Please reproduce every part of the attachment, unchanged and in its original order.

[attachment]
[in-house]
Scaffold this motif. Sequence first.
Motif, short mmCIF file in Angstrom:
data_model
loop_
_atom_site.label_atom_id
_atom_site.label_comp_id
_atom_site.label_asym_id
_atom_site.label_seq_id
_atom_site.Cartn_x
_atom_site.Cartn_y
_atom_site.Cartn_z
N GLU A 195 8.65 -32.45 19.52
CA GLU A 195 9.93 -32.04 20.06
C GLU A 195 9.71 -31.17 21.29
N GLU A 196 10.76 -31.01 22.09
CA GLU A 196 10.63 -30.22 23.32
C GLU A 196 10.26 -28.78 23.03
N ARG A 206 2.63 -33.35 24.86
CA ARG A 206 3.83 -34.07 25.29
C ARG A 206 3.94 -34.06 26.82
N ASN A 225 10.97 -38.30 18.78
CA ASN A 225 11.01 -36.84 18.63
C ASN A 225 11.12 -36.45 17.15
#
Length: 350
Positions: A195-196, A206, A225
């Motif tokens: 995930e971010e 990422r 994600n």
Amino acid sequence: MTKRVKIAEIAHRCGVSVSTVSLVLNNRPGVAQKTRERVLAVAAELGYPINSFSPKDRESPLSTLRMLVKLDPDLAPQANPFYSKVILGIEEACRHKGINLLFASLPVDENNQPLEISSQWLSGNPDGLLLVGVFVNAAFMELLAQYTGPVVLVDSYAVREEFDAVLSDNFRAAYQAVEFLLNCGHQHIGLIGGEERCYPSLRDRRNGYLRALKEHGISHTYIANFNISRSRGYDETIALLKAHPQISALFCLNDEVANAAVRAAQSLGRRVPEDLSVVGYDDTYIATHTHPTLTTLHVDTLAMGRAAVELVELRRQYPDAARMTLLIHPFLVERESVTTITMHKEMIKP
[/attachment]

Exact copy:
[in-house]
Scaffold this motif. Sequence first.
Motif, short mmCIF file in Angstrom:
data_model
loop_
_atom_site.label_atom_id
_atom_site.label_comp_id
_atom_site.label_asym_id
_atom_site.label_seq_id
_atom_site.Cartn_x
_atom_site.Cartn_y
_atom_site.Cartn_z
N GLU A 195 8.65 -32.45 19.52
CA GLU A 195 9.93 -32.04 20.06
C GLU A 195 9.71 -31.17 21.29
N GLU A 196 10.76 -31.01 22.09
CA GLU A 196 10.63 -30.22 23.32
C GLU A 196 10.26 -28.78 23.03
N ARG A 206 2.63 -33.35 24.86
CA ARG A 206 3.83 -34.07 25.29
C ARG A 206 3.94 -34.06 26.82
N ASN A 225 10.97 -38.30 18.78
CA ASN A 225 11.01 -36.84 18.63
C ASN A 225 11.12 -36.45 17.15
#
Length: 350
Positions: A195-196, A206, A225
């Motif tokens: 995930e971010e 990422r 994600n």
Amino acid sequence: MTKRVKIAEIAHRCGVSVSTVSLVLNNRPGVAQKTRERVLAVAAELGYPINSFSPKDRESPLSTLRMLVKLDPDLAPQANPFYSKVILGIEEACRHKGINLLFASLPVDENNQPLEISSQWLSGNPDGLLLVGVFVNAAFMELLAQYTGPVVLVDSYAVREEFDAVLSDNFRAAYQAVEFLLNCGHQHIGLIGGEERCYPSLRDRRNGYLRALKEHGISHTYIANFNISRSRGYDETIALLKAHPQISALFCLNDEVANAAVRAAQSLGRRVPEDLSVVGYDDTYIATHTHPTLTTLHVDTLAMGRAAVELVELRRQYPDAARMTLLIHPFLVERESVTTITMHKEMIKP